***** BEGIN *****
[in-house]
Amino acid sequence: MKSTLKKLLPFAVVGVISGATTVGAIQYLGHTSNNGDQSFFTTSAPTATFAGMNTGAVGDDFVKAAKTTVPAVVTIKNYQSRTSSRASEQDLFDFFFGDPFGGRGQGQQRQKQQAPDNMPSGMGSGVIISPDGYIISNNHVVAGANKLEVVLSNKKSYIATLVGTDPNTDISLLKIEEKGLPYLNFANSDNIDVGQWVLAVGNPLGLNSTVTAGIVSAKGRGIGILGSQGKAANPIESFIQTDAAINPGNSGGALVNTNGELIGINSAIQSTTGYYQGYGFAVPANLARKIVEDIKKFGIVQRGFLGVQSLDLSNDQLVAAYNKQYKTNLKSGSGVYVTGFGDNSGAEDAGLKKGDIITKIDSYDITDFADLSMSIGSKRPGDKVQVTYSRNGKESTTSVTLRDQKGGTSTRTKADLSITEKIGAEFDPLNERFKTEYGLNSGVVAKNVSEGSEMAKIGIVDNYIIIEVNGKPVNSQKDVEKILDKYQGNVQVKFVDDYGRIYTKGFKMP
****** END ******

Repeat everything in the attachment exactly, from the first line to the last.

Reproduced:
[in-house]
Amino acid sequence: MKSTLKKLLPFAVVGVISGATTVGAIQYLGHTSNNGDQSFFTTSAPTATFAGMNTGAVGDDFVKAAKTTVPAVVTIKNYQSRTSSRASEQDLFDFFFGDPFGGRGQGQQRQKQQAPDNMPSGMGSGVIISPDGYIISNNHVVAGANKLEVVLSNKKSYIATLVGTDPNTDISLLKIEEKGLPYLNFANSDNIDVGQWVLAVGNPLGLNSTVTAGIVSAKGRGIGILGSQGKAANPIESFIQTDAAINPGNSGGALVNTNGELIGINSAIQSTTGYYQGYGFAVPANLARKIVEDIKKFGIVQRGFLGVQSLDLSNDQLVAAYNKQYKTNLKSGSGVYVTGFGDNSGAEDAGLKKGDIITKIDSYDITDFADLSMSIGSKRPGDKVQVTYSRNGKESTTSVTLRDQKGGTSTRTKADLSITEKIGAEFDPLNERFKTEYGLNSGVVAKNVSEGSEMAKIGIVDNYIIIEVNGKPVNSQKDVEKILDKYQGNVQVKFVDDYGRIYTKGFKMP